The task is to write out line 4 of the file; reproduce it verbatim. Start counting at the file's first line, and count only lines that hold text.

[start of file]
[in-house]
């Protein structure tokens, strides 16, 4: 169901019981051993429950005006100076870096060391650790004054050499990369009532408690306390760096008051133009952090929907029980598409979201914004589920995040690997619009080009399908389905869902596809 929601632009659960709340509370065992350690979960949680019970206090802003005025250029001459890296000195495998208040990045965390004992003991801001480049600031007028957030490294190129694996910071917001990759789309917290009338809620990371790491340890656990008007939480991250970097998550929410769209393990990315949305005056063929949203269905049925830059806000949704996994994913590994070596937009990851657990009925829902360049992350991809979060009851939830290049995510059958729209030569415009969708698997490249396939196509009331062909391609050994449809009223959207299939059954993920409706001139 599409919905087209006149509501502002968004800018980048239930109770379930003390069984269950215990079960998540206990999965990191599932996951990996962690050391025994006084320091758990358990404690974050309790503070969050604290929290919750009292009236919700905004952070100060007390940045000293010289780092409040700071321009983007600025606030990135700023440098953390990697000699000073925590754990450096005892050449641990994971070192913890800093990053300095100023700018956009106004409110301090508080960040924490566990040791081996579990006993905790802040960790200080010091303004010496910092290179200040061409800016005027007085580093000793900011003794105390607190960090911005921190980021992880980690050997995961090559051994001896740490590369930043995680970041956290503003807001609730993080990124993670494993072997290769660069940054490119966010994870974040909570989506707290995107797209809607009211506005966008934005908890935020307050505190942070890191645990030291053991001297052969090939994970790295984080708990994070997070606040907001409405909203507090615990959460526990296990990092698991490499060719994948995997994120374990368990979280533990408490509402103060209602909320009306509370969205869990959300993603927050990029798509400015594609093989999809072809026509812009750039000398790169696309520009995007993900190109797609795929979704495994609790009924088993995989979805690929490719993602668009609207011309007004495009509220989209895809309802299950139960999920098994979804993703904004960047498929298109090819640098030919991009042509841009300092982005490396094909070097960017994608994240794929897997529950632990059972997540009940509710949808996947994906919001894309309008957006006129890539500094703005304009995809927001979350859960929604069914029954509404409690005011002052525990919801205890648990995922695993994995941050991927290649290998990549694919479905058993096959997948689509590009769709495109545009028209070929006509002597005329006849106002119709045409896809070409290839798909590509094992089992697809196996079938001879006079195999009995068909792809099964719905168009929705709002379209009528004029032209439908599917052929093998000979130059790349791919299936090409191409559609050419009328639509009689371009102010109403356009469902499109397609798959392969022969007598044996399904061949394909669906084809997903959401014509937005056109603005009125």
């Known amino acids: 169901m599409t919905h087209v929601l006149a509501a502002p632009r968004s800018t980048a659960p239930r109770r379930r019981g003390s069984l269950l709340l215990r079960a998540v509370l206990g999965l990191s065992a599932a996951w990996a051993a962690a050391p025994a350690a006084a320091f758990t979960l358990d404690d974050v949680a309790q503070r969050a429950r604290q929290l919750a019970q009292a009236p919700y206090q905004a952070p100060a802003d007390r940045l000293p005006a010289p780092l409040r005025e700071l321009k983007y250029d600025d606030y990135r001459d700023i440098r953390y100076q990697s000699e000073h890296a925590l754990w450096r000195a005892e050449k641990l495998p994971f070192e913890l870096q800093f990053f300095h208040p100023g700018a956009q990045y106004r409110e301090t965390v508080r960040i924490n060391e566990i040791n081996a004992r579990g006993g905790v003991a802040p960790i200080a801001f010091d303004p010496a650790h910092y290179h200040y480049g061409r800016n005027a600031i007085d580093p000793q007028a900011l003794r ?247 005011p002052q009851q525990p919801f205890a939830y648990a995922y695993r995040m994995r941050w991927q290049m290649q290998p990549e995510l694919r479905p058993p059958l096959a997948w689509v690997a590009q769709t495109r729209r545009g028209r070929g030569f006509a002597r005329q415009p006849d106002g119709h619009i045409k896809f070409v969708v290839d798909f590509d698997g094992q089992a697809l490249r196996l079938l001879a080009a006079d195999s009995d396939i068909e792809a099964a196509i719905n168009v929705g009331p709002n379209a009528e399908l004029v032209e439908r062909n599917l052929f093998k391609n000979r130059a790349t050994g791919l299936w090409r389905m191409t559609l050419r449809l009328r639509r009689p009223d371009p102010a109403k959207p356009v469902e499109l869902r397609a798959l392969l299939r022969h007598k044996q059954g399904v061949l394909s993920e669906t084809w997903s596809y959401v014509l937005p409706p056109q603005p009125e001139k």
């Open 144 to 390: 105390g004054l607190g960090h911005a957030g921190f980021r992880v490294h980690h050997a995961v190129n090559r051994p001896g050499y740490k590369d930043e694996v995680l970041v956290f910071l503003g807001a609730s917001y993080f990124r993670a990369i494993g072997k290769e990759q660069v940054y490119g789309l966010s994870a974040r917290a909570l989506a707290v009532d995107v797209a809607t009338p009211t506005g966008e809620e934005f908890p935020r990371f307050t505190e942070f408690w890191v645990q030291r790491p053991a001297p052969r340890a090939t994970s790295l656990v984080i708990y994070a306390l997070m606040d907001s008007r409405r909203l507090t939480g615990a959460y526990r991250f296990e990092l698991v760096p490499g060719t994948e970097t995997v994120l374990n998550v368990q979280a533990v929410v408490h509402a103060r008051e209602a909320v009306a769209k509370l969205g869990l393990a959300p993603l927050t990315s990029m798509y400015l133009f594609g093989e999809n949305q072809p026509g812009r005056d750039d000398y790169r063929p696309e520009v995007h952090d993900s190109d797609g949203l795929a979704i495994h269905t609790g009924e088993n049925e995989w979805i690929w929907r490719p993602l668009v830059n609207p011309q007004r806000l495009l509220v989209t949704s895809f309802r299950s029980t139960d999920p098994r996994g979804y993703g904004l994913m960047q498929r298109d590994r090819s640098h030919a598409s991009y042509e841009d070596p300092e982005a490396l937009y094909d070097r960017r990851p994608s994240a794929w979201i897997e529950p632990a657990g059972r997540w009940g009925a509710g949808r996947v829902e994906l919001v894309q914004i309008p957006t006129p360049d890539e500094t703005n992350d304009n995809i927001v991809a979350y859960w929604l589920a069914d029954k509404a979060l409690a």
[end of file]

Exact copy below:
């Open 144 to 390: 105390g004054l607190g960090h911005a957030g921190f980021r992880v490294h980690h050997a995961v190129n090559r051994p001896g050499y740490k590369d930043e694996v995680l970041v956290f910071l503003g807001a609730s917001y993080f990124r993670a990369i494993g072997k290769e990759q660069v940054y490119g789309l966010s994870a974040r917290a909570l989506a707290v009532d995107v797209a809607t009338p009211t506005g966008e809620e934005f908890p935020r990371f307050t505190e942070f408690w890191v645990q030291r790491p053991a001297p052969r340890a090939t994970s790295l656990v984080i708990y994070a306390l997070m606040d907001s008007r409405r909203l507090t939480g615990a959460y526990r991250f296990e990092l698991v760096p490499g060719t994948e970097t995997v994120l374990n998550v368990q979280a533990v929410v408490h509402a103060r008051e209602a909320v009306a769209k509370l969205g869990l393990a959300p993603l927050t990315s990029m798509y400015l133009f594609g093989e999809n949305q072809p026509g812009r005056d750039d000398y790169r063929p696309e520009v995007h952090d993900s190109d797609g949203l795929a979704i495994h269905t609790g009924e088993n049925e995989w979805i690929w929907r490719p993602l668009v830059n609207p011309q007004r806000l495009l509220v989209t949704s895809f309802r299950s029980t139960d999920p098994r996994g979804y993703g904004l994913m960047q498929r298109d590994r090819s640098h030919a598409s991009y042509e841009d070596p300092e982005a490396l937009y094909d070097r960017r990851p994608s994240a794929w979201i897997e529950p632990a657990g059972r997540w009940g009925a509710g949808r996947v829902e994906l919001v894309q914004i309008p957006t006129p360049d890539e500094t703005n992350d304009n995809i927001v991809a979350y859960w929604l589920a069914d029954k509404a979060l409690a």